Bay of Plenty District Health Board has defended spending more than $4 million on external consultants in the past five years.
Information released to the Bay of Plenty Times under the Official Information Act showed the health board spent $4,702,464.31 on external consultants between July 2009 and June last year.
It spent more than $1 million in both the 2010 and 2014 financial years and between $800,000 and $900,000 each year from 2011 to 2013. Last year's bill for $1.18 million was the highest in the five-year period.
The consultants were used for services such as programme research, workshop leadership, payroll system enhancements, tax and accounting advice, and mediation.
Labour's health spokeswoman Annette King said district health boards spent far too much on external consultants but Bay of Plenty's acting chief executive Simon Everitt said the spending was justified.
"From a human resources perspective, when people with highly specialised skillsets are required for time-limited projects, it is often more cost effective to use consultants," he said. "Recruitment for such specialised positions can be more expensive than hiring staff. We often find that the best qualified candidates will often not apply for short-term roles in any case."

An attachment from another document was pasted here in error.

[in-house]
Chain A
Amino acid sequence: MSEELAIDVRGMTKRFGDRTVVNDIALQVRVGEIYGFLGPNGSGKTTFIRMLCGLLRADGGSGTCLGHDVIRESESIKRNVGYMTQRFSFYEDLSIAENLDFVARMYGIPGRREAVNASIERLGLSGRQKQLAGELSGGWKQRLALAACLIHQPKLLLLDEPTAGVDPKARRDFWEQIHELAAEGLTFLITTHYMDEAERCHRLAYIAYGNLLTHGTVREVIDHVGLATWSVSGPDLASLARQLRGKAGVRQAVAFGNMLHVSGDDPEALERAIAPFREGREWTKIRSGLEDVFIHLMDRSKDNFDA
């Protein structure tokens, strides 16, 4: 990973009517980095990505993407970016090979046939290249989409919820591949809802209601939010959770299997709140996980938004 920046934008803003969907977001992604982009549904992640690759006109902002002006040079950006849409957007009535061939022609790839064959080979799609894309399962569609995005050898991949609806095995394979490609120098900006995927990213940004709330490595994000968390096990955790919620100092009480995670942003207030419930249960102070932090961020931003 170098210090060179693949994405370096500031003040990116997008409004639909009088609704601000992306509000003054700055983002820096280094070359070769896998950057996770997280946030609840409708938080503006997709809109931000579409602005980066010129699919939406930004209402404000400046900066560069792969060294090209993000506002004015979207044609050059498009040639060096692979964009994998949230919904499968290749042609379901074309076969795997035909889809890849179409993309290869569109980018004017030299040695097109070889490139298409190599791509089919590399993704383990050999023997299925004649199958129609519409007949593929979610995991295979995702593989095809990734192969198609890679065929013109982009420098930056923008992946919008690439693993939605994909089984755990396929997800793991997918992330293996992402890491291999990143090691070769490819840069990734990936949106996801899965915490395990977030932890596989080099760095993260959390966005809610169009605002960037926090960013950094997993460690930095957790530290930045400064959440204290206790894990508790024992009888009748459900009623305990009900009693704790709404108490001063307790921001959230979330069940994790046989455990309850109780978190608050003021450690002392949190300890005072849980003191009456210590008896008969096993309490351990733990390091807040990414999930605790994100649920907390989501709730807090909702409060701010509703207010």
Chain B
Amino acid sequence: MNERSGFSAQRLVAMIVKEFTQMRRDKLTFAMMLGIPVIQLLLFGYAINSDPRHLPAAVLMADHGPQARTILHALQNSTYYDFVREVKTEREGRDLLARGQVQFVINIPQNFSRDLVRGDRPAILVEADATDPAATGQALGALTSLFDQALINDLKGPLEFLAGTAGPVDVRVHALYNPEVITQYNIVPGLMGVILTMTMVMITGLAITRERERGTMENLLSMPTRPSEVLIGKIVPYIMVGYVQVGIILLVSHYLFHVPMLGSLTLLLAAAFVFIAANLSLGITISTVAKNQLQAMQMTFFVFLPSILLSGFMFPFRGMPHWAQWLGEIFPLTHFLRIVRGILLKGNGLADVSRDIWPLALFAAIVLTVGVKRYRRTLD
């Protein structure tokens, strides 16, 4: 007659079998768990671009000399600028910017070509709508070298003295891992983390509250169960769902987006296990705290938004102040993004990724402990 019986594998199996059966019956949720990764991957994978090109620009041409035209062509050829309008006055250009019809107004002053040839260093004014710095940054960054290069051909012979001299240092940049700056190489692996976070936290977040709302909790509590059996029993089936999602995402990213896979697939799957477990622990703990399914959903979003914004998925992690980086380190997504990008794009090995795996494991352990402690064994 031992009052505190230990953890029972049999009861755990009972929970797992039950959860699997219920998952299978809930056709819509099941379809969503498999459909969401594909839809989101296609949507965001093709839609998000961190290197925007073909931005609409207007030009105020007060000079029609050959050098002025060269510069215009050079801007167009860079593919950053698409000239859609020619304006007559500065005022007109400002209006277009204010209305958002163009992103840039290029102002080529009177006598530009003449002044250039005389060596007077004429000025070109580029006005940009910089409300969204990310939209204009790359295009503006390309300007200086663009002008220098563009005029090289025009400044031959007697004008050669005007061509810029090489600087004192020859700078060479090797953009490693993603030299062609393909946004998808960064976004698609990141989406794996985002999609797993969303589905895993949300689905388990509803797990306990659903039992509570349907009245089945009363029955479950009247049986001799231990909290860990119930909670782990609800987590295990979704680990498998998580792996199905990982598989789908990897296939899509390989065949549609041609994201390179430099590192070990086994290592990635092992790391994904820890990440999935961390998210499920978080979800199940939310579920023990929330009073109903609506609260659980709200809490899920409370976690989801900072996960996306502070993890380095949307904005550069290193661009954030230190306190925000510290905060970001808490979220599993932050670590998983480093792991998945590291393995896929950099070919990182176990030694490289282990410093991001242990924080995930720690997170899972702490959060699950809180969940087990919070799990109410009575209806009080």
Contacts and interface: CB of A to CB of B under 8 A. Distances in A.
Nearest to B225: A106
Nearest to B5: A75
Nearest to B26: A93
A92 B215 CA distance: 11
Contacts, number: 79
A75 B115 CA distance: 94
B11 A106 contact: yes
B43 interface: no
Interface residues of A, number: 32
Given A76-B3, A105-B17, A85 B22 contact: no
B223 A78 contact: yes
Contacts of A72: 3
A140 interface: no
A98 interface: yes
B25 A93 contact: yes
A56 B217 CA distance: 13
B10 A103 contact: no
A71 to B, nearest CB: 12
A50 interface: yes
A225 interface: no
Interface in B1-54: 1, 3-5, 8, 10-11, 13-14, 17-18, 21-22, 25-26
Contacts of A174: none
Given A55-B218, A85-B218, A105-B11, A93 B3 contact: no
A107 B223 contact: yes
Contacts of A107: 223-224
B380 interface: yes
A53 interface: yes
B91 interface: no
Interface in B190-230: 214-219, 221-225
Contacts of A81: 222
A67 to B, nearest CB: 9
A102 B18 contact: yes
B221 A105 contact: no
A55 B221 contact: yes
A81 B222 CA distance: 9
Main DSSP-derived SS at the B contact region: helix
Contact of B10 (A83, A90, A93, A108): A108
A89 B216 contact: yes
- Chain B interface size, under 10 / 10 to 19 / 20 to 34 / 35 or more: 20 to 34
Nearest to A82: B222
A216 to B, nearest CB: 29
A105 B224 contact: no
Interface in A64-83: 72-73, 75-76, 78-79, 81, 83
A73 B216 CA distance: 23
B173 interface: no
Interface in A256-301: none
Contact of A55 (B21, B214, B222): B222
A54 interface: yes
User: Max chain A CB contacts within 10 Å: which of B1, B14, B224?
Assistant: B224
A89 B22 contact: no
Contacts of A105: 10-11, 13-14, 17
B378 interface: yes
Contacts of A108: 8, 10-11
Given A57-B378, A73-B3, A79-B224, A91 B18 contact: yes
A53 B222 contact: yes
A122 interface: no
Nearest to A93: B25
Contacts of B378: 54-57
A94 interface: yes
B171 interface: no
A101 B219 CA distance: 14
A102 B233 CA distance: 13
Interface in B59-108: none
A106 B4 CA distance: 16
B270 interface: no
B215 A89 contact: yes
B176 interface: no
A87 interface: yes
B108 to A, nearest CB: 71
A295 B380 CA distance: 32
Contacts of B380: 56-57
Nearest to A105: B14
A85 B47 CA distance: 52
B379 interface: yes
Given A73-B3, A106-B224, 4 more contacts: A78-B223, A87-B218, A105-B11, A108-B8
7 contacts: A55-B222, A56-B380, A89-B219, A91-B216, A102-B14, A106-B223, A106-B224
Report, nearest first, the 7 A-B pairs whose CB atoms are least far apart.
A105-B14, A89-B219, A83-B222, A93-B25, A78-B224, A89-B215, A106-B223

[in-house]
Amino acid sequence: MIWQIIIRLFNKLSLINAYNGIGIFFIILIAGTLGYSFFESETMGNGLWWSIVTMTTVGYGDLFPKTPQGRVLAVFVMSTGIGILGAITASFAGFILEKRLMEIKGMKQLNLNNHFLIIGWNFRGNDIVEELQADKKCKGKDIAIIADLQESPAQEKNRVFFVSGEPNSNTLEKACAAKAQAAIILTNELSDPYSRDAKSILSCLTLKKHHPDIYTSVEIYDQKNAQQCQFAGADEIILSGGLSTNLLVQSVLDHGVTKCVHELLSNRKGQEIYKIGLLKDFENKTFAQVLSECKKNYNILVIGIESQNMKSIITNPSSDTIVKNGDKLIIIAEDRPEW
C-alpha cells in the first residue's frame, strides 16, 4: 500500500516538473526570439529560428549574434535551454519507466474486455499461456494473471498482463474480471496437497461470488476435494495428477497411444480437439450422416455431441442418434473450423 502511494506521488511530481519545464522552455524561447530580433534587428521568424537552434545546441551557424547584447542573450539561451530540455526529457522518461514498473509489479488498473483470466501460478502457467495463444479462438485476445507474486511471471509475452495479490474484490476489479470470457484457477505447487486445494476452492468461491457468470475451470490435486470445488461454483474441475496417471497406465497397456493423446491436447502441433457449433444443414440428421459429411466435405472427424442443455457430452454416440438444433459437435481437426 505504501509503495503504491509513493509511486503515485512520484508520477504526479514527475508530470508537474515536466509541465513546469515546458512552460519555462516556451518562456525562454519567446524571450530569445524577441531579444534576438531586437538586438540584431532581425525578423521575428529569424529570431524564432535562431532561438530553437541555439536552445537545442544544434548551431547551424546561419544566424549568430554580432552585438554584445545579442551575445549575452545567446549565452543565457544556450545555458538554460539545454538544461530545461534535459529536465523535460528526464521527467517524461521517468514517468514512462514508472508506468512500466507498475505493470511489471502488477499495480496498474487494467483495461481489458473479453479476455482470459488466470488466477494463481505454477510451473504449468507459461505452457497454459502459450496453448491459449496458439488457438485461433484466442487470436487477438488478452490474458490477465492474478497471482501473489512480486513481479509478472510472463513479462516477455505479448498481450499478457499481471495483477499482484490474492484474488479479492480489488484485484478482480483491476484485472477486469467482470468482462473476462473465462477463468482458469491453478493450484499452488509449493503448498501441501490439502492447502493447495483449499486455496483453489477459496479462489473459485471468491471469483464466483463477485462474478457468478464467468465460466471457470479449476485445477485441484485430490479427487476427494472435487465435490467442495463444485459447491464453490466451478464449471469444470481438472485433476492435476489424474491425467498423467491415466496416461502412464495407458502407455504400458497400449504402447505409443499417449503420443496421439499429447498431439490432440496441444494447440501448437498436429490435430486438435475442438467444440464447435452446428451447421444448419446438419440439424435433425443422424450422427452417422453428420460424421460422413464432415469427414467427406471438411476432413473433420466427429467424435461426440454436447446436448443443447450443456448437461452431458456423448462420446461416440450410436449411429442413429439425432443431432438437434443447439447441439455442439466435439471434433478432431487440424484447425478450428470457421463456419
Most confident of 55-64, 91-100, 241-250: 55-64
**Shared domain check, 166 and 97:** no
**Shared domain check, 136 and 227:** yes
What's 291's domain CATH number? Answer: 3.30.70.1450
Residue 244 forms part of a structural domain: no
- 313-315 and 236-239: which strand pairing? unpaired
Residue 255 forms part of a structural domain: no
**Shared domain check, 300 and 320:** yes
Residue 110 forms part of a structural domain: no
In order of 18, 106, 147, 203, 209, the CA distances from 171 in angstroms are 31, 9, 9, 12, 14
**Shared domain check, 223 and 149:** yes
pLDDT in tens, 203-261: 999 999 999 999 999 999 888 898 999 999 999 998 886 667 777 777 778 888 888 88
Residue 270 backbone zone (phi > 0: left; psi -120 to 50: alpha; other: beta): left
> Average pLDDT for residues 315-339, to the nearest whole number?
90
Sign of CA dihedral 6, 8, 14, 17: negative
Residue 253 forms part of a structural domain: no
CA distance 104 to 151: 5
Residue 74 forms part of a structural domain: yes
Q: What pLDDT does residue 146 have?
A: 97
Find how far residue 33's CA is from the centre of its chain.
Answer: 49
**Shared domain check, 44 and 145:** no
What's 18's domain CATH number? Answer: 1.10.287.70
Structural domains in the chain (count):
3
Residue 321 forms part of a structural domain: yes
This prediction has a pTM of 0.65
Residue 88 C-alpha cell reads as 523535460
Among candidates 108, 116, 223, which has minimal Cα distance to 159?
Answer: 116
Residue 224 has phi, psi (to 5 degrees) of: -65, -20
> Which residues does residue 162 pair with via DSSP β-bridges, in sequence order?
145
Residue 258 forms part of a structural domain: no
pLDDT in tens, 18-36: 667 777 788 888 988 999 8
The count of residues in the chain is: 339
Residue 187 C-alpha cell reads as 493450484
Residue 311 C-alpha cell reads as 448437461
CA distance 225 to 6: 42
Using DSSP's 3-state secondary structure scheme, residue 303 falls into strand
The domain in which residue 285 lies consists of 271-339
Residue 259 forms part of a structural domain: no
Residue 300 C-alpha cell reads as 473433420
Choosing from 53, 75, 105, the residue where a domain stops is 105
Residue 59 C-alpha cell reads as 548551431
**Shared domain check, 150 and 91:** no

Asked if the spending was good value for Bay of Plenty taxpayer dollars, Mr Everitt said: "The Bay of Plenty [health board] uses a limited amount of external consultants each year.
"Highly skilled external consultants will be used on occasions for projects which are designed to improve the quality of healthcare provided to the Bay of Plenty community."
The board looked at using its own staff and resourcing wherever possible, he said.
"The use of consultants is based on the resources available to complete the project and the nature of the project concerned. Consultants are only used if there is no available internal resource with the required skillset."
However, Ms King believed DHBs needed to have more of a focus on recruiting for long-term positions.